The French doctor and archaeologist P.Siege who travelled across Bulgaria in 1829 commented specifically on the wines of the regions of Sliven and Anhialo, which he compared to the quality of the French ‘Grave’ wine.

Comparisons such as this, of Bulgarian wines to French varieties could only be perceived as a compliment especially if they were coming from influential French people themselves.

Liberation

Bulgaria’s liberation in 1878 found the wine industry in a fairly good condition. Statistics indicate that there were nearly 50,000 ha of vineyards in the country. It was not long after this period that unfortunately phylloxera hit the Bulgarian vineyards and destroyed many of the old traditional plantations. As the wine plague of phylloxera had been the evident in many of the western European producing countries the Bulgarians were quick to act on what they had learnt from other less fortunate nations.

The Bulgarian Ministry of Agriculture and Trade invited the famous French wine expert Pierre Viala to work on the problem. His recommendations were based on the American solution to combating phylloxera, which had been tried and tested successfully in France and other European countries. Viala’s other report recommendations were for further modifications to the industry to draw it in line with its European rivals.

He is recorded as being especially impressed with the Bulgarian indigenous grape varieties such as Mavrud, Pamid and Miskat. He stated that the grapes of Mavrud and Pamid should be used in the production of wine within the southern Bulgarian regions. In relation the northern territories, he recommended that Gamza should be the preferred choice. He stated that the Bulgarian Misket could rival the famous Hungarian white wines and proposed that French varieties should also be introduced such as Gamay Noir and Syrah (Shiraz). As a result of Professor Viala’s recommendations a vine and wine experimental station was established in Pleven in 1902. This was transformed into a national institute, which still exists to this day.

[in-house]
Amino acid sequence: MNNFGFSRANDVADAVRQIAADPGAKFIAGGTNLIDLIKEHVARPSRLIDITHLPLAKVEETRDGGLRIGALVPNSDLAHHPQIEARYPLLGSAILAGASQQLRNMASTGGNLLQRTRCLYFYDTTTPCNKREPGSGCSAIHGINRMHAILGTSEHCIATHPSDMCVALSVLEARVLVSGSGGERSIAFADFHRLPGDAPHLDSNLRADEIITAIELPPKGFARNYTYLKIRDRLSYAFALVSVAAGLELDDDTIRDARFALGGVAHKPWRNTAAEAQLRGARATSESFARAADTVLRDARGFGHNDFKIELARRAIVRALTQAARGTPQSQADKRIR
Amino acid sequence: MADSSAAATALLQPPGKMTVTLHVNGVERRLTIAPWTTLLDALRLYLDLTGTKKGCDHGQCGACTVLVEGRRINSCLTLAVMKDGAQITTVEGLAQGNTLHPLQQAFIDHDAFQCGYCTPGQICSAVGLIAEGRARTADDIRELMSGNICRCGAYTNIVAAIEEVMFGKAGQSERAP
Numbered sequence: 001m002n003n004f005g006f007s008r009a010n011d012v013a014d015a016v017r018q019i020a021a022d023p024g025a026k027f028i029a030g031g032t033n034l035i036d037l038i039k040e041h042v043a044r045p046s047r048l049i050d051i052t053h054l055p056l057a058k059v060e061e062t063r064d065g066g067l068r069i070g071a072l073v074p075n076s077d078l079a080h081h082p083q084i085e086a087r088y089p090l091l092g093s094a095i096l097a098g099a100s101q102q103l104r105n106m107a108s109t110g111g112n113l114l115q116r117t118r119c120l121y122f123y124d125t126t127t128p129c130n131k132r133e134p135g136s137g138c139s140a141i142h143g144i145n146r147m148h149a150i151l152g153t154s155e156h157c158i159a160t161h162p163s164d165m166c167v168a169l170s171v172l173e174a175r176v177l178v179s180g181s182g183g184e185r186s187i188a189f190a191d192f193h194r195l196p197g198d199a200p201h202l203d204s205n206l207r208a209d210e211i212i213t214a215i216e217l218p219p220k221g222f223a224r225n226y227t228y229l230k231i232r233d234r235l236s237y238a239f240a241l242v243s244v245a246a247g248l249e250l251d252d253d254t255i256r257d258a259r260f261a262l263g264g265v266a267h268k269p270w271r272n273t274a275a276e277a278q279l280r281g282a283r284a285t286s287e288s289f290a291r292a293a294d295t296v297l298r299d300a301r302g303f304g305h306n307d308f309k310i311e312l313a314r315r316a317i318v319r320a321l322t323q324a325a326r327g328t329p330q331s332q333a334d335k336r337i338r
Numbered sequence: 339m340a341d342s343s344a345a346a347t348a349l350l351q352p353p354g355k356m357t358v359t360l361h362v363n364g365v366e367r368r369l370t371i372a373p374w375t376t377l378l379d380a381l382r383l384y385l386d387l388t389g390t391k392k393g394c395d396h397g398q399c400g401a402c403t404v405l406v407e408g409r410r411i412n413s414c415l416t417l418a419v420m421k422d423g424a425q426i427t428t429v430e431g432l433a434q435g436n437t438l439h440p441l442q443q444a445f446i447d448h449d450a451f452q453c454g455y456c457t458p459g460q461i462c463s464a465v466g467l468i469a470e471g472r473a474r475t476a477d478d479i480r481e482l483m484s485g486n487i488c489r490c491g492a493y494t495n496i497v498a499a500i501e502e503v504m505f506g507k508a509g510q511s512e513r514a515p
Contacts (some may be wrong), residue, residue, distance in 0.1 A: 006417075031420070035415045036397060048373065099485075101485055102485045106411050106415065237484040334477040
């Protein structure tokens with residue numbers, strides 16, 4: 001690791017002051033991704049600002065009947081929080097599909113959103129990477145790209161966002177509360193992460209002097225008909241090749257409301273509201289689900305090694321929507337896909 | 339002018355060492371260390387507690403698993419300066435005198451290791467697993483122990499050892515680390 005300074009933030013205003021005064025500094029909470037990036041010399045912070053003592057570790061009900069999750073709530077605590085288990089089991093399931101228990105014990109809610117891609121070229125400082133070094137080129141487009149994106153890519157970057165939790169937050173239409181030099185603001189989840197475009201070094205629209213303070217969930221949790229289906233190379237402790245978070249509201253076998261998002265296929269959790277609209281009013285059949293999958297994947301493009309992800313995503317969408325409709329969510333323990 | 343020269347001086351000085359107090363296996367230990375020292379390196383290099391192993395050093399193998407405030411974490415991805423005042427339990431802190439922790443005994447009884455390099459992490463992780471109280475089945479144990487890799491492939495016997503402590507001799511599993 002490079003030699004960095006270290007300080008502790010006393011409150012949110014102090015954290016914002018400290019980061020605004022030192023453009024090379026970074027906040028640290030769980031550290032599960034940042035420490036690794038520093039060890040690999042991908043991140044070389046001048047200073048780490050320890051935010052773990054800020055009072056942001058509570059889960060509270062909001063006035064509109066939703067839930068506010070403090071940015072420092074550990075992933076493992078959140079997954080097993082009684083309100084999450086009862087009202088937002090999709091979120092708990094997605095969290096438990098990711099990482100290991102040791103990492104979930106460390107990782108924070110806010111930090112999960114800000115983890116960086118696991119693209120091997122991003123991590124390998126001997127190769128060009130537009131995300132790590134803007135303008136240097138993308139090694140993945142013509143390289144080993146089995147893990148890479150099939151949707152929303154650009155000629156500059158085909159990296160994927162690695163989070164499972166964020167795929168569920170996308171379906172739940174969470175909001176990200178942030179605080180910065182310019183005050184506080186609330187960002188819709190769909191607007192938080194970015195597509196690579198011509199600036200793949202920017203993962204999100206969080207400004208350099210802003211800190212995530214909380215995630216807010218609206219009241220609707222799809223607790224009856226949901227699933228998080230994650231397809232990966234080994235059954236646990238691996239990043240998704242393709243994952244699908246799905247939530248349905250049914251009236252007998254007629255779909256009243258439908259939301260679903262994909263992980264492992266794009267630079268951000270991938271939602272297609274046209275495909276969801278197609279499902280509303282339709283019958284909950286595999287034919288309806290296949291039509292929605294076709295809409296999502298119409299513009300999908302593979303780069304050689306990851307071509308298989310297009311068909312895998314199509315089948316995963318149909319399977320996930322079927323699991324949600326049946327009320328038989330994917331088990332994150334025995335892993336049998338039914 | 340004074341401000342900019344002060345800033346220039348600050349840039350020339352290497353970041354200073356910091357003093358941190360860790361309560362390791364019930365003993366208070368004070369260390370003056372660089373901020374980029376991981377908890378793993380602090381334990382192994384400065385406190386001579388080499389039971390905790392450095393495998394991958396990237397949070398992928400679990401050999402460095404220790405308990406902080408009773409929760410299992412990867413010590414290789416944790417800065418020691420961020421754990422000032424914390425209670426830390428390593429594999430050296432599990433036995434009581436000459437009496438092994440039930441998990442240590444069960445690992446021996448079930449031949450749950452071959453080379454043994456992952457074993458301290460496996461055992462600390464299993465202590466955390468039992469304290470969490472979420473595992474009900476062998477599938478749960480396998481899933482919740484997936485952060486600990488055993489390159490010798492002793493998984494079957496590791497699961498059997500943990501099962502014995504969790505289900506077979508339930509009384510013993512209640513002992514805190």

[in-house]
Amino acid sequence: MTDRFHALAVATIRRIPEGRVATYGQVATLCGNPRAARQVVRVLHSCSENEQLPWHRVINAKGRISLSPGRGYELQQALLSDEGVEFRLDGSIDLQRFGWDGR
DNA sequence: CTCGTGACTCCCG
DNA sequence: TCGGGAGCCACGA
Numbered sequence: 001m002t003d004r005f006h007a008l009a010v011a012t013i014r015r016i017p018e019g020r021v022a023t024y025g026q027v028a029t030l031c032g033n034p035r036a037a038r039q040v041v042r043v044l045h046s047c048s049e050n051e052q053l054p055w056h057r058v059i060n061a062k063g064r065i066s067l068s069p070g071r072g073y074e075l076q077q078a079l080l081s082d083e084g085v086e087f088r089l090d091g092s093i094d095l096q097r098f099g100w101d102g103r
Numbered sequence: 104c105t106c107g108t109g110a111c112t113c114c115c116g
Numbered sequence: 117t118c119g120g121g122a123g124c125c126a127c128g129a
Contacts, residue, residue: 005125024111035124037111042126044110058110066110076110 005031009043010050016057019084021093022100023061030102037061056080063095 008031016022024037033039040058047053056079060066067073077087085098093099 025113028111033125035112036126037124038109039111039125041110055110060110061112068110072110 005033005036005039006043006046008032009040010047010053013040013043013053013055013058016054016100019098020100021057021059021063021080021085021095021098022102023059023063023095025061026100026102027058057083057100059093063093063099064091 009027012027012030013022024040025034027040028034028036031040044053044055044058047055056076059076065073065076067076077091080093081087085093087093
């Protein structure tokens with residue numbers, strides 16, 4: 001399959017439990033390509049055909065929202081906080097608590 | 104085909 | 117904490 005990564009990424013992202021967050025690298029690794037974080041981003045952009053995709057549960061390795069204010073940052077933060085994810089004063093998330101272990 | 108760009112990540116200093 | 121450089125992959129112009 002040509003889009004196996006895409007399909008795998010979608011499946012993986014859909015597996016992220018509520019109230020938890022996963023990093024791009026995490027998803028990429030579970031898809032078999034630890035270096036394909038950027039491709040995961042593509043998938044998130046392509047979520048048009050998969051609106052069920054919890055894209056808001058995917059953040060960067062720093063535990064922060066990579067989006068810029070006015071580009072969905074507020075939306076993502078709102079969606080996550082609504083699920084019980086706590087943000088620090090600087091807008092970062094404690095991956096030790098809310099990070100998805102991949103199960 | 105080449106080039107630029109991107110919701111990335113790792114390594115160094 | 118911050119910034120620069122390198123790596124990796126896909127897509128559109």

Bulgarian Wine Cooperatives

During the late 1920’s and early 1930’s the Bulgarian wine industry started to grow through the introduction of the vine and wine cooperatives.

The first to be established was in Souhindol, which later became the national model for other wineries to follow. Souhindol was based on a business concept that was adopted from Southern France.

Most of the cooperative projects were built through Austrian and other western European expertise. The average winery capacity levels ranged from 500 to 1,500 tons.

The 30’s was a period where most wine production was of an indigenous character. However the premium European varieties were starting to make an appearance with the likes of Cabernet Sauvignon and Riesling.

Within the period where Bulgaria was behind the "Iron Curtain" wine making was consolidated, monopolized, and turned into a state industry. Its target market was restricted to the "Eastern Block" in the framework of the UEP (Union of Economic Partnership) of the socialist countries and standards remained low.

It wasn’t until the 60’s and 70’s (although Bulgaria was still under communist rule) that the ‘mass’ production of prestigious red varieties started to hit the international markets as we know of them today.

The global consumption of the Bulgarian white wine products has been less evident in with varieties such as Muskatt Ottonel, Chardonnay, Sauvignon Blanc and Traminer Rose.

The late 1990’s - present day

1989 saw a significant political change in Bulgaria and towards the end of the 1990’s the state monopoly of the wine industry ended. This resulted in all the wine cellars being privatised.

Bulgaria has more than 80 industrial wineries, which currently have an output between 1,000 and 60,000 tons. The wineries cover over 97,000 ha.

The main varieties grown are Cabernet Sauvignon (14%), Rkatzeteli (14%), Merlot (12%), Pimid (11%), Red Misket (8%), Dimyat (6.5%), Muskat Ottenel (6%), Chardonnay (2.7%), Gamza (1.6%), Riesling (1.3%),, broad vine from Melnik (1%), Sauvignon Blanc and Traminer (1%)

The current trends are leaning towards a gradual increase in what are known as the international grape varieties such as Chardonnay, Sauvignon Blanc and Traminer compared to the vineyard areas of Dimyat and Rkatziteli.

The red wine plantations of Cabernet, Merlot, Mavrud, Gamza and the broad vine from Melnik are also expected to increase, contrary to those of Pamid.

Bulgaria’s wine industry currently accounts for 30% of aggregate farm exports to the European Union. Bulgarian wines are sold in the UK, Ireland, Germany, the Netherlands, Scandinavia, the USA, Japan, Poland, and the former Soviet Republics.

The largest market is the UK, which accounts for 25% of exports.